SMG Guitar Lesson #17: Aeolian Mode

Unfortunately, due to the recent hurricane this weekend, I was unable to edit and upload a brand new lesson on Aeolian mode. However, this gave me the chance to dip into my archives a bit. I thought it would be fun to share with you a couple of video lessons on the subject that I produced back in 09′. It’s a lot of the same material from the book, the only difference is that now there are better illustrations, and I no longer have a beard!

In this lesson, we’ll discuss the history of Aeolian mode, it’s significance, study the scale pattern most closely associated with Aeolian mode, as well as learn a cool Aeolian chord progression.

Aeolian mode is named after the ancient Greek tribe that thrived between 2000 and 700 B.C. According to Greek mythology, they were founded by  “Aeolus”, the god of wind. So it’s no coincidence that the Aeolians were the inventors of the “Aeolian Harp”, a harp that is played by the wind (These ancient wind harps sounded very similar to guitar feedback).  Their culture also gave rise to the renowned ancient Greek poets Sappho and Alcaeus. Ironically, the Aeolians were rivals with the Dorian tribe, and they probably wouldn’t be happy knowing how often we now use the two terms in the same context.

Aeolian mode is based on the sixth degree of the major scale and is considered the “natural minor” mode of the key. So when you hear the term “minor key,” most of the time it’s in reference to Aeolian mode. The best explanation for this is that there are two complimentary minor chords on the opposite side of the key from the sixth degree that have a “I-IV-V relationship” to one another in the same way that the Major chords found on the fourth and fifth degrees are to the first degree of the key as in Ionian mode.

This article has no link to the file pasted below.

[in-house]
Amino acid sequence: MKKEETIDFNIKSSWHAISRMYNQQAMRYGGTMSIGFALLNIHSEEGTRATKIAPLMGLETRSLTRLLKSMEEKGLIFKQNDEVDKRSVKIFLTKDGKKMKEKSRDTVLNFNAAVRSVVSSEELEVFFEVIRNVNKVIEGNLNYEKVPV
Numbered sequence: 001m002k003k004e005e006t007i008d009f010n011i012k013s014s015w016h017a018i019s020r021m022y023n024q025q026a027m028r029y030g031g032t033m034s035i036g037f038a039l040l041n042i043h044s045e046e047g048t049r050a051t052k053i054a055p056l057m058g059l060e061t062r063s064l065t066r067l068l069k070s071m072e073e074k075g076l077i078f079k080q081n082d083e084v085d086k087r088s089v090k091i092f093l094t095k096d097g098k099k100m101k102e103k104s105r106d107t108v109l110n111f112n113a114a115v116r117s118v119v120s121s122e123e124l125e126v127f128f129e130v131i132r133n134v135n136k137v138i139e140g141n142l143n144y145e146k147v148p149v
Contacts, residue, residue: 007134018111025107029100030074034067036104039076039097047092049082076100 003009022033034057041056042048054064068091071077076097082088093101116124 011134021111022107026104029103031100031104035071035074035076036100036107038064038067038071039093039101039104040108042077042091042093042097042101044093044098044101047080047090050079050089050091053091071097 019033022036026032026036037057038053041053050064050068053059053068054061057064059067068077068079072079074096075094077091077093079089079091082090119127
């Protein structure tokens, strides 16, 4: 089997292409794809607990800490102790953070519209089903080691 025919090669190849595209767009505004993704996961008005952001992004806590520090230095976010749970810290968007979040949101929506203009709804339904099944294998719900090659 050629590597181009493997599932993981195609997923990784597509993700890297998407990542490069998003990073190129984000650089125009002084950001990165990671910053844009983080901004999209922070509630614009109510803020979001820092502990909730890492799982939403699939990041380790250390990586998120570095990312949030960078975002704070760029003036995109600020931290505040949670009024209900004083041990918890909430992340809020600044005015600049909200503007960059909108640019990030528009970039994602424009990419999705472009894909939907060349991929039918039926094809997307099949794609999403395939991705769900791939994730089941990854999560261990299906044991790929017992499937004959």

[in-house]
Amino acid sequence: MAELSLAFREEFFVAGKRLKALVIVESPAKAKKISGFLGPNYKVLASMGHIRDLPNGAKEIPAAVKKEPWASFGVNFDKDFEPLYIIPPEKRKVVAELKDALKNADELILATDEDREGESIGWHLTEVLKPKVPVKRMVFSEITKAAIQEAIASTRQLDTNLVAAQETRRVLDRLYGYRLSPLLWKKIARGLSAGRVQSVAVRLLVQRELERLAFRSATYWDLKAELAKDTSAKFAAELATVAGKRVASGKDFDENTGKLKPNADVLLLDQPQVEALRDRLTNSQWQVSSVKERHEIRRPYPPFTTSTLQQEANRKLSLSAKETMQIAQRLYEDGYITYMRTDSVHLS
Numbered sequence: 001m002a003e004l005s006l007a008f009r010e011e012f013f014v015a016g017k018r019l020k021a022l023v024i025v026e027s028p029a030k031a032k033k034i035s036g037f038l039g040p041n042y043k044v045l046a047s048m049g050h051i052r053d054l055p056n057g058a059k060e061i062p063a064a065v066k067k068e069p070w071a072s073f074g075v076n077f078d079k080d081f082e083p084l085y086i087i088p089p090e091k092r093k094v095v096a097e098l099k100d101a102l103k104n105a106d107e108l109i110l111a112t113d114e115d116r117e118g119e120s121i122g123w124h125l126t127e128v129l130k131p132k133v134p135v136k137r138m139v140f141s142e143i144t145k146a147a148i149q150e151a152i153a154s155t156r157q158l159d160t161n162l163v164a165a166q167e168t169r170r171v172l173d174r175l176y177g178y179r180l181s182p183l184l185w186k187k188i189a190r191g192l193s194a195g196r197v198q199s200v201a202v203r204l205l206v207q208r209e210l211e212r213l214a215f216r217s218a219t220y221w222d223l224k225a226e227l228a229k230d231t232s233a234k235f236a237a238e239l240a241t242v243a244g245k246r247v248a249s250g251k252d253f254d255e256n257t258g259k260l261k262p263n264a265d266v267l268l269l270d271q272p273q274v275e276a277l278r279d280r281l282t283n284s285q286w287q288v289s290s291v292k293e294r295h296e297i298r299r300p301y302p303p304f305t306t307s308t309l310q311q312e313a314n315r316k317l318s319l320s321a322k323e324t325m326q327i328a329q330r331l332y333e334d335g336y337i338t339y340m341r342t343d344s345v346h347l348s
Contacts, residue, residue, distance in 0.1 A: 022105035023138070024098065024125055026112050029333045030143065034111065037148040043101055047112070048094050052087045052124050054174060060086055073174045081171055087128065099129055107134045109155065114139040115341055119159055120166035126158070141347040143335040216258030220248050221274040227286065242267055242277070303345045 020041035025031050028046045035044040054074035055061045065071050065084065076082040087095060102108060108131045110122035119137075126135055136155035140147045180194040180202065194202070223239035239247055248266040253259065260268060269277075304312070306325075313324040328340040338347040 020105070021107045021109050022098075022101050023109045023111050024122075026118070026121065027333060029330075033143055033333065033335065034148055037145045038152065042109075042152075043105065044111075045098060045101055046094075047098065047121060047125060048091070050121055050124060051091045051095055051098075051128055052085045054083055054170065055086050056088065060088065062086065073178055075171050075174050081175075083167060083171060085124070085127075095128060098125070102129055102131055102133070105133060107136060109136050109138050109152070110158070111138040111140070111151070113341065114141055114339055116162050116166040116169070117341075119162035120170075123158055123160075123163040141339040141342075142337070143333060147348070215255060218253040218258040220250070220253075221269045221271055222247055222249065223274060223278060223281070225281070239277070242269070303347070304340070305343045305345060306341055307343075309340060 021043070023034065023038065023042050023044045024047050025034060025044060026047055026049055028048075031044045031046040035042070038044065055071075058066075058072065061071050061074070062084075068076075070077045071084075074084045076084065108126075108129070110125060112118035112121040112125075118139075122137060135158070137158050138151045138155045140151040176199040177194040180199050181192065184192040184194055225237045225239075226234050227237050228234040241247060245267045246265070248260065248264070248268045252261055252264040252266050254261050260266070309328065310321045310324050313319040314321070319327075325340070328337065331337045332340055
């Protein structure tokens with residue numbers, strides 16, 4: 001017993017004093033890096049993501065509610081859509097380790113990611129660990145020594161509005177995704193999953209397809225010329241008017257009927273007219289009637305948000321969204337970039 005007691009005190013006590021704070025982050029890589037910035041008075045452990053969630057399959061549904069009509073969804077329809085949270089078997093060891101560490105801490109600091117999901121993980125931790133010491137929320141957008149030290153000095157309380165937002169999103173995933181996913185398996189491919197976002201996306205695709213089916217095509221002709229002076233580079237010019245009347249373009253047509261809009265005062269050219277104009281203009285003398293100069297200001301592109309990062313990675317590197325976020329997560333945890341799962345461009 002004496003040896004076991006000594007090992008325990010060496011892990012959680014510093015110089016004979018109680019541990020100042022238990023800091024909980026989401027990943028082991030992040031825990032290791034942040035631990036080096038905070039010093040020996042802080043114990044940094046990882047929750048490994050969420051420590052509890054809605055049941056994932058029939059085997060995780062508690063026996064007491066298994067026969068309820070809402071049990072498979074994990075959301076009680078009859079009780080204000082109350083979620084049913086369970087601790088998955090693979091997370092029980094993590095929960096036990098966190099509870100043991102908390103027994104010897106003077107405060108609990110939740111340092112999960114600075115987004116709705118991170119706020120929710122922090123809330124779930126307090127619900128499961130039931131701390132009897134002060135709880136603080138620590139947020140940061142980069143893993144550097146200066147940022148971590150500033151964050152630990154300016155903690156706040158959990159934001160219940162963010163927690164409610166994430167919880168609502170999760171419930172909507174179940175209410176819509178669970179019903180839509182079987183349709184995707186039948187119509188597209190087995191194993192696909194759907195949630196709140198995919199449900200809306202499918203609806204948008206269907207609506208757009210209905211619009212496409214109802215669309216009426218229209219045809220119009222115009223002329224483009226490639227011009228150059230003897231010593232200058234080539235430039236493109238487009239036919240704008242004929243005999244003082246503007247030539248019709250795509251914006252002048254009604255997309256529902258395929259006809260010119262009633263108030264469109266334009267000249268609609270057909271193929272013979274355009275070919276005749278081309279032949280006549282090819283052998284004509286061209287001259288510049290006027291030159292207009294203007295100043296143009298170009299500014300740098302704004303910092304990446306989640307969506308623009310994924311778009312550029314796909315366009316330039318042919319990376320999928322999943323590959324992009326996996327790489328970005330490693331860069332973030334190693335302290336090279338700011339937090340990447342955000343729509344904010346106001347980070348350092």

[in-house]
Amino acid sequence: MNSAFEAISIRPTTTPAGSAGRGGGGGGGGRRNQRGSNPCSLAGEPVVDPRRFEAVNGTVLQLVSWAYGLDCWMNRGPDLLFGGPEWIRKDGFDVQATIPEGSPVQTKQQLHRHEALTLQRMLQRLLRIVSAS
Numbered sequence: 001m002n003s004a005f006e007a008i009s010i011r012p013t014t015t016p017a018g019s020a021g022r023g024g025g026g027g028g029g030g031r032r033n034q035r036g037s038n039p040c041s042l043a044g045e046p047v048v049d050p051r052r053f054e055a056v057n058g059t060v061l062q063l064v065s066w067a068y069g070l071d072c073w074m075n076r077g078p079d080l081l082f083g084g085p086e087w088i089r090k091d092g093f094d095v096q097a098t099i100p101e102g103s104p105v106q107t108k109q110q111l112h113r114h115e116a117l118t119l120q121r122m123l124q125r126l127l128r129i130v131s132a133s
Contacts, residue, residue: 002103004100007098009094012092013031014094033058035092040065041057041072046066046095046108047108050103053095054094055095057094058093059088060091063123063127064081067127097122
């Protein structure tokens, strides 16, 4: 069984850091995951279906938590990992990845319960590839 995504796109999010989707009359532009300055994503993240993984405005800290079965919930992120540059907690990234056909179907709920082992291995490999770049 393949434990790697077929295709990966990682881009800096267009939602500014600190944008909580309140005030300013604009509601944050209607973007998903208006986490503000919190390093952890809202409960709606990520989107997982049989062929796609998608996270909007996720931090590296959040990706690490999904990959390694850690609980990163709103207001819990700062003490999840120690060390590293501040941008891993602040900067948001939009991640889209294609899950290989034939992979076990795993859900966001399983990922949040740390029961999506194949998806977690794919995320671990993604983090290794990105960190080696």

An Aeolian scale is constructed using the musical compass by turning the dial to the desired root note and selecting the intervals “1, 2, b3, 4, 5, b6 (which is technically the same interval as #5), and b7.

Here’s the scale pattern most commonly associated with Aeolian mode, as the lowest note of the scale pattern on the sixth string is the sixth degree of the major key. It’s important to remember that this pattern can be used in any mode in any key.

Here’s the scale pattern in the key of C, where “a” would be the sixth degree of the key, so we’ll begin on the low “a” on the sixth string, fifth fret.

As with all scale patterns, it’s important to learn it in a way that is musical, so that you’ll have some ideas to build on while improvising. Here’s an exercise that demonstrates just that. Note that the key of this exercise varies from that in the video, however the exercise is parallel.

Now here’s an example of a chord progression written in Aeolian mode:

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